Editor’s Note: This is the second of three articles exploring culturally responsive teaching. See the February issue for the introductory article in this series. The final article covers specific strategies for classroom practices.
Culture is an often misunderstood aspect of culturally responsive teaching that requires examination as a prerequisite to adapting culturally responsive pedagogy. Ethnicity is one component of culture, but it is not the totality of culture. Age, gender, and class are also important components of culture. A middle-aged white man from the South has a different culture than a 30-year-old investment banker in New York City, who is also a white male. Ethnicity alone does not define culture.
Dr. Jeff Duncan-Andrade, Associate Professor of Latina/Latino Studies in the College of Ethnic Studies at San Francisco State University, challenges educators to think of community as something that represents culture more holistically, encompassing more than just race and diversity (TEDx, 2011). Culture and community are interconnected. Culturally responsive teachers understand the multifarious components of culture. Food, language, and music are also vital components of culture. Think of the food you grew up eating and the music you enjoyed in your youth. These memories are reflective of a larger community and contribute to overall culture.
An unfortunate common assumption is that the Black community is monolithic. However, the culture of Black kids growing up in the suburbs may be different from the culture of Black kids growing up in an urban environment. Instruction that addressed local and community-based issues will help students connect and apply that instruction to their lived experiences. It is important to see the heterogeneity of Black Americans and to consider the culture and community of our racial minority students in a more nuanced way. Additionally, it is important to remember Black students are not the only people of color present in classrooms. The diversity of our classrooms includes African students, Asian American students, and more.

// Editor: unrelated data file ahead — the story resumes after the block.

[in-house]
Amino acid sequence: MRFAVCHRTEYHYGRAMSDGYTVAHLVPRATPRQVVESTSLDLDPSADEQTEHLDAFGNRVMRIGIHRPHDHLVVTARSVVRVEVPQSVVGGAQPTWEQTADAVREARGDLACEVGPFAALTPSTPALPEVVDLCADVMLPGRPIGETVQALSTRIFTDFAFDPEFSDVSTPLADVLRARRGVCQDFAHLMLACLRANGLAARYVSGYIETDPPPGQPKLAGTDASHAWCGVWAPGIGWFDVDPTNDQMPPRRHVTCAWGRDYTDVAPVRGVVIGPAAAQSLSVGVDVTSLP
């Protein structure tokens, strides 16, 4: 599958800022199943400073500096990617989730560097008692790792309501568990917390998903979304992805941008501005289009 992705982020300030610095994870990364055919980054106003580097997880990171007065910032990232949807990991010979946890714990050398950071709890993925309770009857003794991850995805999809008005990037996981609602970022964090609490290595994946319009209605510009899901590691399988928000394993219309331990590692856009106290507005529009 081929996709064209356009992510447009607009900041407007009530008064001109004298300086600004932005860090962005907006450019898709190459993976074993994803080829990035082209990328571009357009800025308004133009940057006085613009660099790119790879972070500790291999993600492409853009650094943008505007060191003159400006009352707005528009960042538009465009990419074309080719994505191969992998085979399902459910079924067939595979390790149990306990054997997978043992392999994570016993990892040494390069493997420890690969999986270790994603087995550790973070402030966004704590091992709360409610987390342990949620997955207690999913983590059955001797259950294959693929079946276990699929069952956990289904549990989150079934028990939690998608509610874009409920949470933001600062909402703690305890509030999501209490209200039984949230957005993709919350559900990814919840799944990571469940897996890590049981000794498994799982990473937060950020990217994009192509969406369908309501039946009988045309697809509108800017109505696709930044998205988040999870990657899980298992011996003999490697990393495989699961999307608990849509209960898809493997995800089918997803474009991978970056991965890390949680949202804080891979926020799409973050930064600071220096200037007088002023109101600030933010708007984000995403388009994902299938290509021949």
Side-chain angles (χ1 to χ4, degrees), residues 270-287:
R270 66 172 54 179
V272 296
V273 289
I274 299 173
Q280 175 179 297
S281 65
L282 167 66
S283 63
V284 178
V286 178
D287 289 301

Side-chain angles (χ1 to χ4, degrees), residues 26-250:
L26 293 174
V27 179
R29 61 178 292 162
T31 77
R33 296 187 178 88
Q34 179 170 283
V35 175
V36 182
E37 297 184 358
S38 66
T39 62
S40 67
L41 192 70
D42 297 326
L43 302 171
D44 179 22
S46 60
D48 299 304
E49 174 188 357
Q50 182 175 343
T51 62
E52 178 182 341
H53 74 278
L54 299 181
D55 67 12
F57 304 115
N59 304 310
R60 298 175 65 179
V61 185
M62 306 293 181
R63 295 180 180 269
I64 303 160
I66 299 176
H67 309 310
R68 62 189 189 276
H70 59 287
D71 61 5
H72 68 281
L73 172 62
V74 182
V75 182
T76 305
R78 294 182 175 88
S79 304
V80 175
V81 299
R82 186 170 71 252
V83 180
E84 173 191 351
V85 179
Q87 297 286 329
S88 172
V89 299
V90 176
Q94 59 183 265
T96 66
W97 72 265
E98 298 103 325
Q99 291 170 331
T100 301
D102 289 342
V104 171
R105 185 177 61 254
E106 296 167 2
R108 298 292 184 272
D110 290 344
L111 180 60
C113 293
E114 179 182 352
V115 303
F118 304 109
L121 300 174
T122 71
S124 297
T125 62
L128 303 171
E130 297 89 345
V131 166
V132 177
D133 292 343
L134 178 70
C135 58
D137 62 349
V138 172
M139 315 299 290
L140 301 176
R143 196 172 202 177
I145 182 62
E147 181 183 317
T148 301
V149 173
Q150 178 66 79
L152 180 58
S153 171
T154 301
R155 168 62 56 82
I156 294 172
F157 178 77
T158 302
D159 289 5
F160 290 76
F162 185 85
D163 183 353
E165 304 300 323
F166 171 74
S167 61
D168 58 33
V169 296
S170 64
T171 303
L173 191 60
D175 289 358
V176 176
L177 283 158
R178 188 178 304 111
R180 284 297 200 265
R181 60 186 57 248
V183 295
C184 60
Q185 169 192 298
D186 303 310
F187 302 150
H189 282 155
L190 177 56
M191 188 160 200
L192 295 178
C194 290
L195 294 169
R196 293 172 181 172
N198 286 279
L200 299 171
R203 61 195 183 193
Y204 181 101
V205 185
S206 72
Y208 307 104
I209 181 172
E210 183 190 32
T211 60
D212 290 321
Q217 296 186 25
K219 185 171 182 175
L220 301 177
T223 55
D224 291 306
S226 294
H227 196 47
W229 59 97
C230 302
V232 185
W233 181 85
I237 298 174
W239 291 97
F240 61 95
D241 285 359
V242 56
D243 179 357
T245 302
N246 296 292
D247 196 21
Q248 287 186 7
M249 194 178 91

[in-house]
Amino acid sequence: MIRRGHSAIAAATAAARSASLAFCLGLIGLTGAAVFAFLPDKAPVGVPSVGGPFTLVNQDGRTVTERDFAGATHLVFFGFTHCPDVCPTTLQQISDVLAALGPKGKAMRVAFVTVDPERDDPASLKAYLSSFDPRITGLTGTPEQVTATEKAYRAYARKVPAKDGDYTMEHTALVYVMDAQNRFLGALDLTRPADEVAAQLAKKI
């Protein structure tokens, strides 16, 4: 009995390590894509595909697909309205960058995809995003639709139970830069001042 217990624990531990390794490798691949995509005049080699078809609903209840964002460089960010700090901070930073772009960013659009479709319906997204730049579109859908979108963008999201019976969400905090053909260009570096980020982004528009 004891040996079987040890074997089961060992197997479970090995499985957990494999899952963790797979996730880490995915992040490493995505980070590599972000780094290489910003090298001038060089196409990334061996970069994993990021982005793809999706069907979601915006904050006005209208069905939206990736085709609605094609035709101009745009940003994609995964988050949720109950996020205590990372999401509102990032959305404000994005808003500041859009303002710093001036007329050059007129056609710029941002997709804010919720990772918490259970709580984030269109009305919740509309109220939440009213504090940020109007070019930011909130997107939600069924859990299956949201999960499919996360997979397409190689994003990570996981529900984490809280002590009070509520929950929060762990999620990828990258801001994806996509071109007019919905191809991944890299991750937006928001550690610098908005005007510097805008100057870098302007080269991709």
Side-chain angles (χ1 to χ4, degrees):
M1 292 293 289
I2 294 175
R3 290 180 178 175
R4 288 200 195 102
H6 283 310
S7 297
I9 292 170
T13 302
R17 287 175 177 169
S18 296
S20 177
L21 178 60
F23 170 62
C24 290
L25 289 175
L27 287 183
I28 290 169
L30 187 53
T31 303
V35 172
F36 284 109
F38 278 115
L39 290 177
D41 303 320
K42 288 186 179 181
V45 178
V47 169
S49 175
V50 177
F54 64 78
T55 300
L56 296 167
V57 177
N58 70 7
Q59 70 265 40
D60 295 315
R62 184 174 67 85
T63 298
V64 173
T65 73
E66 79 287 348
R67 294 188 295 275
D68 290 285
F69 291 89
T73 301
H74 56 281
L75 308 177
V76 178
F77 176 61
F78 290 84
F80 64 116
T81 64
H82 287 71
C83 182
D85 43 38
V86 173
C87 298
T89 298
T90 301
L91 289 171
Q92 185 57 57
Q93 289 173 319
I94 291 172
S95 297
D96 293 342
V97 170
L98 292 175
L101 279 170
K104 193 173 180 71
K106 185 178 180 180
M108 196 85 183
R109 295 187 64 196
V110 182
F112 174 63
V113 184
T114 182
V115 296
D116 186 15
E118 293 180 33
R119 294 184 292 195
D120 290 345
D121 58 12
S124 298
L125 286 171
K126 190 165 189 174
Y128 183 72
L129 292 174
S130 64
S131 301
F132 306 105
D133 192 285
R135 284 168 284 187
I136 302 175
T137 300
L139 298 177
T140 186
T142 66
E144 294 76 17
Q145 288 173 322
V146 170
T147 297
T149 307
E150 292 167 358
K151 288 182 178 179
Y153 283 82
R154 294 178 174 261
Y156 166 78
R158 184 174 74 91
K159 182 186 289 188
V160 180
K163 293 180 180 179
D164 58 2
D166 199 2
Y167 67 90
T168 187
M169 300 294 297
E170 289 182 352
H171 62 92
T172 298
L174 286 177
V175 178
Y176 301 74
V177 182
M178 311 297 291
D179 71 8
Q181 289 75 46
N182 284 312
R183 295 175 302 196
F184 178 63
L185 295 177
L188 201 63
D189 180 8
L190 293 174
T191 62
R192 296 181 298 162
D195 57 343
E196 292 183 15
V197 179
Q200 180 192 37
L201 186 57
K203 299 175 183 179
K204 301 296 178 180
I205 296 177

“Culturally relevant teachers recognize that they do not instruct culturally homogenized, generic students in generic school settings. Teachers armed with a repertoire of generic teaching skills often find themselves ineffective and ill prepared when faced with a classroom of culturally diverse students” (Irvine, 2009).
Educators must become more comfortable modifying curriculum, pedagogy, and assessments for the unique needs of the community their students are living within. Culturally responsive teachers acknowledge ethnic, linguistic, racial, and historical identities within the context of grade-level instruction. Teachers must know their students and their respective communities in order to do this well.